Tuesday, April 29, 2008


Hi Folks, it seems like forever since the last post, but now that the St. Matthew's Musical Theatre Troupe's stupendious performance run of "The Sound of Music" is over, I can get back to other things.

Hope ya missed me, 'cause I got some good stuff this time. Am filling a request and adding a shout at the same time. Going loungy for Sandra and Xtabay.

Check out Xtabay's AWESOME depository of classic lounge music at XTABAY'S World, none better on the net. Snag some chic vibes over there to light your fires. I have. Thanks, too, on his mention of Fat City in his surfing trawls. Hope you enjoy Don Tiki ----

Don Tiki - the Forbidden Sounds Of Don Tiki

If you're an exotica fan and like the music of Martin Denny, Les Baxter, Arthur Lyman, Robert Drasnin, Eden Ahbez, or Hawaiian music you'll love this too. Martin Denny himself even makes a guest appearance on 2 of the tracks and his wonderful piano solo on "Forever and Ever" is alone worth the price of admission. Here is all the best of exotica - bird calls, jungle sounds, sultry female vocals, congos, bongos, xylophones, vibraphones, flutes and much more. Jim Howard's use of the flute, alto flute, and bass flute is particularily enjoyable and refreshing. There are a pleasing mix of styles and rythyms, some are slow and soft and others have a beat that will make you want to get up and dance. This is perfect music for your next Tiki party or Hawaiian luau, or you can play it like I do to just relax and let your mind pleasantly wander. For pure listening pleasure, it's like MaiTai for the mind.

1. Exotica '97 2. An Occational Man 3. Barbi In Bali 4. Hot Like Lava 5. Close Your Eyes
6. Maidenhair Fern 7. Terminal 8. Polyamore 9. Clutch Cargo Cult 10. Bam-Boozled
11. Itchy Palms 12. Da T'ing He Grow 13. Forever And Ever



Skinny Dip with Don Tiki

The follow-up to Forbidden Sounds, Don Tiki's 2nd album again combines sweeping range of exotic, mellow, upbeat, and loungy tunes, moving the art of Modern Exotica forward into the new millennium. The vocals are more native/island sounding that your typical mainland-produced track from the 60's, but here it only adds to the atmosphere. It has my most favorite non-pc track of the genre – the very cool “The Natives Are Restless Tonight.” The liner notes are written by none other than Sven Kirsten, author of the Book Of Tiki. This is a must have for any Exotica collector to add to their collection. Pick this album up and listen to it, now. It's another glimpse into the almost non-existent genre of Modern Exotica.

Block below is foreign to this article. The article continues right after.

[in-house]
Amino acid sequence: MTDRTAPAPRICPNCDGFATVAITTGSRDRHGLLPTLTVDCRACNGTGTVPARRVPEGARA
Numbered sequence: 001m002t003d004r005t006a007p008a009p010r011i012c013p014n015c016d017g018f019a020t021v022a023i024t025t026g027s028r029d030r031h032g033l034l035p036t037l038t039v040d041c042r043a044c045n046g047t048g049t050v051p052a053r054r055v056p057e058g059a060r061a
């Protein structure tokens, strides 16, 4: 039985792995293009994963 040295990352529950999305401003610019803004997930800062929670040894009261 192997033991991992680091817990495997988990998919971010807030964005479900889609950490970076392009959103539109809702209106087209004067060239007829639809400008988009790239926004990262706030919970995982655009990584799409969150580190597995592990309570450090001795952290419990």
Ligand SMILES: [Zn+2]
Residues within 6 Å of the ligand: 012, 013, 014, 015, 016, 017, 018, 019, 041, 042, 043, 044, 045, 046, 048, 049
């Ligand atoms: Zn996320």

1. All Quiet Flows The Don 2. The Natives Are Restless 3. Primitiva 4. Heat 5. Flower Humming
6. Bwana Banana 7. The Other Side Of The Moon 8. Wet Cave 9. Pinakbet 10. El Producto
11. Sweet And Sour 12. Axolotl 13. That Hypnotizing Man



The Metalunas - Swingin' Planet

Surf-revival guitarist Mark Brodie — previously of Mark Brodie & the Beaver Patrol — formed the Metalunas upon his return to Vancouver from Japan, where he had lived from 1996-97 fronting another surf combo called the Saboteurs. Featuring a rhythm section of Mike Cinnamon (bass) and Rod Moore (drums), the Metalunas are plowing the same field as Man Or Astro-Man-- mixing guitar instros with 50's sci-fi space schlock. It's a fun mixture, and brings up memories of watching exciting (and often tacky) space films on Saturday afternoons. A few times on the album there are surprisingly long passages that could have come straight from even earlier sci-fi radio shows, all adding to the effect.

1. Venus A-Go-Go 2. Futuristic Twist 3. Metaluna Luau 4. Out of Limits 5. Terror in Space
6. Swingin' Planet 7. Lost on the Moon 8. Trajectory of No Return 9. Main Theme from Galactic Frontier 10. Sounds from Uranus


Jack McDuff – Moon Rappin’

Jack McDuff's organ has a very funky and fat sound but not in the "full speed ahead" Jimmy Smith style. Moon Rappin' is an atmospheric delight. Much of this album has almost a lounge feel to it. It almost plays like a concept album with its spacey textures and subtle backing vocals. There is plenty of experimentation with sounds here and all of the tracks work well, something like a soundtrack for late 60's interplanetary travel. Complete with wah-wah guitars & flutes. Overall I found this to be very worthwhile, easy to listen to, funky with enough intrigue to make it worthwhile listening to in detail..don't pass this up.